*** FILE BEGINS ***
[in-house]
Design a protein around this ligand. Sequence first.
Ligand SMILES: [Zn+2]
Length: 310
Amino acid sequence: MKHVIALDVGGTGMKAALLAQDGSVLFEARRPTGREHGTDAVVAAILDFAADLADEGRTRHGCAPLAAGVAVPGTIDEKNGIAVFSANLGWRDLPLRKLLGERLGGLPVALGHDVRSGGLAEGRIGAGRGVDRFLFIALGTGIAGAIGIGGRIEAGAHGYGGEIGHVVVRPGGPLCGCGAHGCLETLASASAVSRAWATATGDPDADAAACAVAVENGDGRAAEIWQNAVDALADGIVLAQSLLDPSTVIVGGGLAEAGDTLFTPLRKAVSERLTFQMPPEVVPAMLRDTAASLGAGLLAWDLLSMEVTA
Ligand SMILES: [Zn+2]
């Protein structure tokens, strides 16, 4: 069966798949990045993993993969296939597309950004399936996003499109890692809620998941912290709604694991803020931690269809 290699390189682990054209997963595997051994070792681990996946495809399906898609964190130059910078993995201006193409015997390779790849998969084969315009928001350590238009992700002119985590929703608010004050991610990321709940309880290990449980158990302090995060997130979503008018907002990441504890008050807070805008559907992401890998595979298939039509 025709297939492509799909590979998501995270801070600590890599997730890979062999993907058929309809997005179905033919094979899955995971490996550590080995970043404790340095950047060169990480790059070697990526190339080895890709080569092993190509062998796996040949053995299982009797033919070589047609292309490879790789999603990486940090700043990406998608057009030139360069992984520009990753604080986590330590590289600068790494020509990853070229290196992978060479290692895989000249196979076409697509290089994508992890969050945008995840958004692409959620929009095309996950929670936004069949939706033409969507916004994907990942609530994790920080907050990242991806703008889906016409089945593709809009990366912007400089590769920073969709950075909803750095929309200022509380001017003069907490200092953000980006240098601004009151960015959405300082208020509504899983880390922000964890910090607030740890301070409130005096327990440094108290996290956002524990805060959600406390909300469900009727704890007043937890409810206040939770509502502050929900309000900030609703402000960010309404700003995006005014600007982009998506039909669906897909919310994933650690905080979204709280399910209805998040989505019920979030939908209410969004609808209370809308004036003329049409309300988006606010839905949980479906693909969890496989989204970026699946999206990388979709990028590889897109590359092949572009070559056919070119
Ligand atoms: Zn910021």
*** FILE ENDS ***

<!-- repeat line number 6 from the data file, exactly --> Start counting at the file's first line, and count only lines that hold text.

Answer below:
Ligand SMILES: [Zn+2]